As part of the process of learning about the characteristics of willow, I carved a large scoop from some of the River Kennet wood that I used to make the bowl in my earlier blog post.
The orange colours have been brought out by the raw cold-pressed linseed oil that I used on the wood. It’s about 32cm long (bowl about 15 cm, handle about 17cm). It’s all one piece of wood, carved from half a log. The back of the scoop’s bowl was at the outside of the log.
Just like the bowl I wrote about earlier, the cleanest cuts were those across the grain. The smoothest surface is the outside of the bowl. The handle surface isn’t bad either, except where some fibres were lifted by the cutting edge and tore out. Cutting parallel to the grain was very difficult to manage. Even the thinnest of fibres lifted up on the handle, and when I tried to cut or scrape these off, others would lift in the opposite direction.
The interior of the bowl also presented problems. This was because of the steep sides and relatively sharp angle between the sides and the base. The willow fibres tended to lift or crush in this area. Although the upper internal sides of the bowl are quite smooth, the lower sides and base are noticeably rougher. The narrowness of the bowl meant that I could not place my hands correctly to get the direction of cut I really wanted with my spoon knives. Perhaps this would have been easier if I had left-handed spoon knives as well as right-handed.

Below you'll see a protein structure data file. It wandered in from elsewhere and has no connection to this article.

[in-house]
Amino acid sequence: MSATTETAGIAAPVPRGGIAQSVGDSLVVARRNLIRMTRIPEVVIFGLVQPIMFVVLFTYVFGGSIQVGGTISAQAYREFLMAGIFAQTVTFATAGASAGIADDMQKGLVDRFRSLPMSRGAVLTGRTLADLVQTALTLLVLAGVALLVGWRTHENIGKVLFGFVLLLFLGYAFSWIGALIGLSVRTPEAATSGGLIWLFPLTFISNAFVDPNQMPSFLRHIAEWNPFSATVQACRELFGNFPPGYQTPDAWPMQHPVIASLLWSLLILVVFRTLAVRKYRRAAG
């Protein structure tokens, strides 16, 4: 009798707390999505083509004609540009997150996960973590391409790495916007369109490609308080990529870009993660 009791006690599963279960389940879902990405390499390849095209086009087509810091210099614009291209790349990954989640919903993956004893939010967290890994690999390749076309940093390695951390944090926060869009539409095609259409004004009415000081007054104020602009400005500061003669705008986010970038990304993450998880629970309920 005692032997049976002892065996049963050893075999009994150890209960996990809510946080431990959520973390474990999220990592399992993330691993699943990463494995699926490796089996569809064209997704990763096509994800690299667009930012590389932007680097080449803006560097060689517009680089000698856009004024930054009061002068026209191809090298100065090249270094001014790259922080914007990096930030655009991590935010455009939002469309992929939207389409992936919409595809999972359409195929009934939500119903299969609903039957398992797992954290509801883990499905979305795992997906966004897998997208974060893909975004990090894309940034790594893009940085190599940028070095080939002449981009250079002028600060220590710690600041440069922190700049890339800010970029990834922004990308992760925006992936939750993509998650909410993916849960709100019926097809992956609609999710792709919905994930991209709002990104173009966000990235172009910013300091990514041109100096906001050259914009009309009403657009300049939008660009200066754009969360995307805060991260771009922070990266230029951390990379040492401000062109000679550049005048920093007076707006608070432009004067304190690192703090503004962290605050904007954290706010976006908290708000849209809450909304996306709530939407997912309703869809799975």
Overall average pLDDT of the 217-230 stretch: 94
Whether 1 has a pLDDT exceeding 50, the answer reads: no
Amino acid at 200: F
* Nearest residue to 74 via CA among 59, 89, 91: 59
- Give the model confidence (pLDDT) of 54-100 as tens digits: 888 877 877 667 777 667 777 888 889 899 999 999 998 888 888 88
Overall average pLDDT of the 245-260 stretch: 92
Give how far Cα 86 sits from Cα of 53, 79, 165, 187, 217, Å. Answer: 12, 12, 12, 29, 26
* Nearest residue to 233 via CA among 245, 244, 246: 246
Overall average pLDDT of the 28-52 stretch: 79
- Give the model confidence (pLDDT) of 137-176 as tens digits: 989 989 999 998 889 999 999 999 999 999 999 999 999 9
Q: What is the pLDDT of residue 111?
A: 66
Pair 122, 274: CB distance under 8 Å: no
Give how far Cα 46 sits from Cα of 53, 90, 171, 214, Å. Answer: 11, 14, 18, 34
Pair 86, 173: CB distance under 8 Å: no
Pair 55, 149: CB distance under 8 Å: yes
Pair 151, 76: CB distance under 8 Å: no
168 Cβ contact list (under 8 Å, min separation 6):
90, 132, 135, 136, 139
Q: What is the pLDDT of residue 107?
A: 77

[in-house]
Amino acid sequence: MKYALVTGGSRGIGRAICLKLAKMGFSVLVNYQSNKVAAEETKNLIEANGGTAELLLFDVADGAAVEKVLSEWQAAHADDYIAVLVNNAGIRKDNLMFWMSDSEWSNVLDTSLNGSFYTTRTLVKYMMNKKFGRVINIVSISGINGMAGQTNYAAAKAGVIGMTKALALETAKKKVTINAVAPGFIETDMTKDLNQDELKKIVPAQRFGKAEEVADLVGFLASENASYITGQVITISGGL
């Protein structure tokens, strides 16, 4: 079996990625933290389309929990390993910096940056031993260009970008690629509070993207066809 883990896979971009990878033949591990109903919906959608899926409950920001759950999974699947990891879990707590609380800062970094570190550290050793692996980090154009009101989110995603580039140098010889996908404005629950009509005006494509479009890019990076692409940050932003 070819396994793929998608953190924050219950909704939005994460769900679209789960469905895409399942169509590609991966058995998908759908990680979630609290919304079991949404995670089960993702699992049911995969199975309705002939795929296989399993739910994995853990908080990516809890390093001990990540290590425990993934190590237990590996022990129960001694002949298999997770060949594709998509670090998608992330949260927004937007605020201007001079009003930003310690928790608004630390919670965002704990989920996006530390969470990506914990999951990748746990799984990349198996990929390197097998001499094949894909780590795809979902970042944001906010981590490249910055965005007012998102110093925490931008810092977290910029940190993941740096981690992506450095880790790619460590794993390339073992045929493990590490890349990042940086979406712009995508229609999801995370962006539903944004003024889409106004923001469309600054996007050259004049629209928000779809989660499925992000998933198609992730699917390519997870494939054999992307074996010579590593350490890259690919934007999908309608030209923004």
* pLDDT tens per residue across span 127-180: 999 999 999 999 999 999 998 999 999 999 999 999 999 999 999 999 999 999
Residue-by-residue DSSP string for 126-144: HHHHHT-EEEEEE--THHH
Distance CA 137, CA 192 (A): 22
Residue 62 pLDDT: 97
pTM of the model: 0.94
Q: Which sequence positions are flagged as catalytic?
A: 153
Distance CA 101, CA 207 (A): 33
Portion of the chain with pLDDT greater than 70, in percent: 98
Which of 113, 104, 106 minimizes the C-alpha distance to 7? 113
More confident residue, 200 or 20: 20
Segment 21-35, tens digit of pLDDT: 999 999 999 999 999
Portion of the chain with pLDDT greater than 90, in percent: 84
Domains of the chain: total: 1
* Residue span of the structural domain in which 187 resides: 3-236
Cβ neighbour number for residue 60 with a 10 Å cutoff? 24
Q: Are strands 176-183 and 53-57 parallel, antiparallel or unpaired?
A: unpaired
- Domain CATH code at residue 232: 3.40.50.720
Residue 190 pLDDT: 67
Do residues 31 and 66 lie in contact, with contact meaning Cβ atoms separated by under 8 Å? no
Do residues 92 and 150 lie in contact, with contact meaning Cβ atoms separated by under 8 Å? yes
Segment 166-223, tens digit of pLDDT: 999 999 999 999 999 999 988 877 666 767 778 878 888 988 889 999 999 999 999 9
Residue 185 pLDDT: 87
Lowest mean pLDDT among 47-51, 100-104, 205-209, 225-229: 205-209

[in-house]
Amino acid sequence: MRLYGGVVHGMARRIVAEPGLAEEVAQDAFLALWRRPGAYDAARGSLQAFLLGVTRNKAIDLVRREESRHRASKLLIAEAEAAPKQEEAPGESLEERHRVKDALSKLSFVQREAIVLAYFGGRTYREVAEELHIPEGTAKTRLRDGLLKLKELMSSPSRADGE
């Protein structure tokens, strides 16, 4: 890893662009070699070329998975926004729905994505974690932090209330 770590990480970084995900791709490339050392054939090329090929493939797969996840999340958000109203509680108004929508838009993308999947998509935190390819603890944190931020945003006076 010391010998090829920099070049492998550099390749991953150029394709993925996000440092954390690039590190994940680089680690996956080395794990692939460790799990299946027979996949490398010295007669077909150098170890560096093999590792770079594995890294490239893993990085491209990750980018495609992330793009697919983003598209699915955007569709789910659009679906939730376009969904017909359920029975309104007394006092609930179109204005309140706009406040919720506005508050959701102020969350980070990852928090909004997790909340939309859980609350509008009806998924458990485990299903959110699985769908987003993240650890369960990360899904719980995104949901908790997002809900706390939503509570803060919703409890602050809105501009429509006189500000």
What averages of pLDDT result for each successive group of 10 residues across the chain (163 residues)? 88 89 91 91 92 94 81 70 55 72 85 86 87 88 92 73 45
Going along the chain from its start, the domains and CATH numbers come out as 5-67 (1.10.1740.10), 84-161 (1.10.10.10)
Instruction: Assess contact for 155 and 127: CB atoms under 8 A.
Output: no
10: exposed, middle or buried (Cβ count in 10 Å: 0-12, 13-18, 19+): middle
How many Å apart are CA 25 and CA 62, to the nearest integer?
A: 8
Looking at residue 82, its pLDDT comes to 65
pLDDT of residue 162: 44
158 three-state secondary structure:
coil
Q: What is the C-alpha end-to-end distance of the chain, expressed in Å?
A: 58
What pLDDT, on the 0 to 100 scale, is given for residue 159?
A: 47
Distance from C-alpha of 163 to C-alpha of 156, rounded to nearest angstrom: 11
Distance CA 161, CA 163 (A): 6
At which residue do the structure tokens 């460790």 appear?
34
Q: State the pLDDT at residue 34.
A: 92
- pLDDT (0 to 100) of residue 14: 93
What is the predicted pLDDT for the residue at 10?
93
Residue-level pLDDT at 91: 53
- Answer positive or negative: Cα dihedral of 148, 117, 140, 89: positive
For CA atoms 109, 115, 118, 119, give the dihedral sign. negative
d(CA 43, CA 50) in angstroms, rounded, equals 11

The wood is still relatively green, having been cut about this time last year. I shall have to leave what I have left for some time before seeing how it cuts when well-seasoned. In the meantime, perhaps I need to read about how willow is managed for making cricket bats, and whether the different British willow varieties have noticeably different qualities for wood-working.